My view is that Autonomy’s success continues to give venture firms and entrepreneurs hope that an enterprise search, business intelligence, or content analytics firm can deliver hundreds of millions in revenue. Since the roll up wave of the high profile search vendors has come and gone, the companies which want to fill the void look at the Autonomy deal as a benchmark.
What I find interesting is that like the Microsoft purchase of Fast Search & Transfer, the big European deals have been dogged by by questions about the financial underpinnings of the company. The smaller deals—Dassault”s purchase of Exalead, IBM’s deal for Vivisimo, Lexmark’s one-two deals for Brainware and ISYS Search Software, and Oracle’s acquisition of Endeca—have been largely without excitement. The search “technology” has morphed into functions which enhance the owners’ enterprise systems. I would note that most of these acquired search technologies were aging at the time of the buyouts in my opinion. ISYS, I believe, dates from the late 1980s.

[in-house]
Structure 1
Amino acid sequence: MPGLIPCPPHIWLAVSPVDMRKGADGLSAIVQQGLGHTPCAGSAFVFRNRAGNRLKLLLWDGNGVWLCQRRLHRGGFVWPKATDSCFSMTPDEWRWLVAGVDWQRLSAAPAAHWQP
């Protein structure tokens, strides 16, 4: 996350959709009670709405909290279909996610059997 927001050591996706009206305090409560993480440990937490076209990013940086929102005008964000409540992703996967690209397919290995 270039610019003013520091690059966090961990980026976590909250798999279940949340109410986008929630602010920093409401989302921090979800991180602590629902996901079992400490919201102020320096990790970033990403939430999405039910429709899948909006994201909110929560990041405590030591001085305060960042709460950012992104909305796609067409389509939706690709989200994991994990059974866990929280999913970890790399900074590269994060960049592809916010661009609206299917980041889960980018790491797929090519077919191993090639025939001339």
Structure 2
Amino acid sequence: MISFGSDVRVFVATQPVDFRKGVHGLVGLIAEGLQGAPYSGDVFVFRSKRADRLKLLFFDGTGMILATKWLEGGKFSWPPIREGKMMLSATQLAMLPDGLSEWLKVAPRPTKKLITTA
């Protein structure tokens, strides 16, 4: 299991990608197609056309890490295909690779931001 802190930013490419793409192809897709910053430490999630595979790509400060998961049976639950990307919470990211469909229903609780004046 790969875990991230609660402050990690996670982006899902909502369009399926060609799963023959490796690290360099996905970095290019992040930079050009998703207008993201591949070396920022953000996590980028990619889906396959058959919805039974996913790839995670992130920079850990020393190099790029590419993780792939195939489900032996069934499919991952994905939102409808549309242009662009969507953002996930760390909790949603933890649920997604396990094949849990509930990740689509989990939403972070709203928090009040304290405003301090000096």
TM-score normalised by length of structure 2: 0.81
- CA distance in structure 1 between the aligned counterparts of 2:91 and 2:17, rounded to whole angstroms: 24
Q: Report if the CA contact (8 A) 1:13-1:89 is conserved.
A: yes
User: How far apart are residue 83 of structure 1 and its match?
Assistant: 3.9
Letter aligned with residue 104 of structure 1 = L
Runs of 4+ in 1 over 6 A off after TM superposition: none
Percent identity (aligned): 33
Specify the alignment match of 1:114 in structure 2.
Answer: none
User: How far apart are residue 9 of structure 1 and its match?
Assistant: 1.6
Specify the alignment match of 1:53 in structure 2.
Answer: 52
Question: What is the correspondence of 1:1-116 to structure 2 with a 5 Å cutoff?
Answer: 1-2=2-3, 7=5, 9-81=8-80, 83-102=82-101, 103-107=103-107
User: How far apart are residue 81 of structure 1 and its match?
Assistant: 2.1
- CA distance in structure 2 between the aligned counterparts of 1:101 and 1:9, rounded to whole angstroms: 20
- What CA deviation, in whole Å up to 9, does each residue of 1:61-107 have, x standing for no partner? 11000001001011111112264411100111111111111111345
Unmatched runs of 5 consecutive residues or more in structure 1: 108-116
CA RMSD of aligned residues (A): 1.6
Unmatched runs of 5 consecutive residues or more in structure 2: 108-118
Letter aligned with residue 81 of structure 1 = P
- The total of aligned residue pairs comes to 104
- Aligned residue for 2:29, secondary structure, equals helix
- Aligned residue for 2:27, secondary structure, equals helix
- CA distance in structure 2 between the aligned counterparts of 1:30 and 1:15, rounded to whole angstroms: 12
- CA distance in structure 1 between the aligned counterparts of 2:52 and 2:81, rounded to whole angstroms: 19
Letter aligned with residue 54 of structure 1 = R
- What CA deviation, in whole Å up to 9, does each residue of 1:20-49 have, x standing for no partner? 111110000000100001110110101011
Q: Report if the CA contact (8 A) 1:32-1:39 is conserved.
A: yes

Are some companies unable to manage, value, and leverage their search acquisitions? I was reminded yesterday that 20 somethings and slick MBAs have figured out how to make money from search. I listened, of courser. But in the back of my mind, it seems that most of the still standing search vendors are in the business of raising money. Making sales and growing a business, for some, is a secondary activity.
Which enterprise search vendors are demonstrating organic growth and generating sufficient cash to support and enhance their products? When I think about the mad rush to convert search technology into something to tackle big data or mine nuggets in real time data, I wonder if a “willing suspension of disbelief” is the defining characteristic of those who pump millions upon millions into search and content processing.
Technology is enhanced by marketing. Smart money seems to believe the public relations. The actual financial performance drifts to a secondary role.